A brief Introduction to the AP Program

The Advanced Placement (AP) program is a true asset for college-bound students. Parents who are unfamiliar with the program, however, might be hesitant to allow their son or daughter to participate. Parents and students who hear about this program most likely know that courses are demanding, the exams are challenging, and that if you successfully pass an AP test, you may receive college credit.  But the AP program is so much more than just a challenging course and exam.

AP Program Basics

The Advanced Placement program is run by the College Board, the same group that creates the SAT tests.  The College Board understands standardized test-taking better than any other organization.  The College Board gives 34 AP tests that your student can choose from.  Course availability depends on what classes are available at your child’s school. Your child does not have to take an AP course in order to take the test. Your child does, however, have to order the test through a school and take the AP test with other school members.

Teachers and Curriculum.

While there are no strict standards set by the College Board for AP teachers, some counties and schools will require that AP teachers take advantage of the resources that the College Board provides for the training of AP teachers. Courses should be rigorous and demand more work than even an honors class.  The College Board does give specific details about what should be covered in AP courses. It also provides study guides for each test that will help students to review for the exam.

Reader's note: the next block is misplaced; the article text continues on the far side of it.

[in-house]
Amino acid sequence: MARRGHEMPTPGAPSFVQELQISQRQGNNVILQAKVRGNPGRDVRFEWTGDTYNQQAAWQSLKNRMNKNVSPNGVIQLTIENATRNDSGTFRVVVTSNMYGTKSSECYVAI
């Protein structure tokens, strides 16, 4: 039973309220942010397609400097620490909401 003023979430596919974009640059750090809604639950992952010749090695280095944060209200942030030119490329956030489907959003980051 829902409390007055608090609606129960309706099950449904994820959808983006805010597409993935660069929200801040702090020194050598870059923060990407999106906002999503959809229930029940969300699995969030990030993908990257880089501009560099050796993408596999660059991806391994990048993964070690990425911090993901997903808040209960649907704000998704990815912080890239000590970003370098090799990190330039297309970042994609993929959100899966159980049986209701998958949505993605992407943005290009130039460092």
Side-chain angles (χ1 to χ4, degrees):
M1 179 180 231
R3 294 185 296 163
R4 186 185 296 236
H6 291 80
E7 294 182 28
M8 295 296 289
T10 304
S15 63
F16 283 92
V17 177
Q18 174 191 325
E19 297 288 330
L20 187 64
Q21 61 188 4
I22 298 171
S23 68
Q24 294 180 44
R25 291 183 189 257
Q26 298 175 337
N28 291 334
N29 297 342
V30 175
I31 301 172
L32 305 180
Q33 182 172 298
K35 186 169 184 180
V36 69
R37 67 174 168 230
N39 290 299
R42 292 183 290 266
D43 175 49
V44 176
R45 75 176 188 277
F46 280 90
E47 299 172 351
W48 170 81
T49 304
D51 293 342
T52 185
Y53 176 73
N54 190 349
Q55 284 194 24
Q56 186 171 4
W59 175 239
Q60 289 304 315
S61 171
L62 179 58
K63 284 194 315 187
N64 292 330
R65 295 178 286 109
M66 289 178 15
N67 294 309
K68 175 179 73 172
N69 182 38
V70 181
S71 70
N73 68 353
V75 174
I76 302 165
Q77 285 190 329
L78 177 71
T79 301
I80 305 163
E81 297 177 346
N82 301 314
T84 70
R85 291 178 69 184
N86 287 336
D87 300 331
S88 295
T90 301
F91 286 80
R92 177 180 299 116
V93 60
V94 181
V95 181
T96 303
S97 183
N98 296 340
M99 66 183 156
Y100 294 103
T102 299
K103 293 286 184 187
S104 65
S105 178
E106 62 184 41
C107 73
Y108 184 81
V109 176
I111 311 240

The Test

The AP Test is set up much like the SAT. Students have a test coordinator who will read them the instructions and instruct them on when and how to open their test booklets. The tests are highly secure in order to prevent cheating and skewed results. Most tests involve a multiple choice section and a Free Response section for essays, short answers, or in the case of science and math tests, open answer word problems. The College board provides resources for both students and parents that involve preparation for the test, including the Bulletin for AP Students and Parents.

Scoring Scale

While scoring percentages are different for each test, all AP Tests have a final composite score that rests on a 1 to 5 scale. Students who achieve a score of 5 have excelled in their mastery of the subject, whereas students who score a 1 needed more work.  A 3 is generally accepted as a passing grade.  In years past, students would be penalized for wrong answers on these tests. On the 2011 tests, however, students were no longer penalized and could only earn points, not lose them.


Many colleges will give credit for a passing grade on the AP test. A good number of colleges will refuse a score of 3, however.  Scoring a 4 or 5 on the tests gives you the best chances of earning credit for them.  Credit varies from college to college, but many AP tests will cover 3 credit hour courses.  Students can potentially eliminate whole semesters of college work by taking AP classes in high school and passing the exams.

It is evident that the AP Program is a worthy endeavor. Though the classes are challenging, credit or even participation in these courses can improve a student’s good standing when applying for college.  Invest a little time in researching the program and see if an AP course is right for you.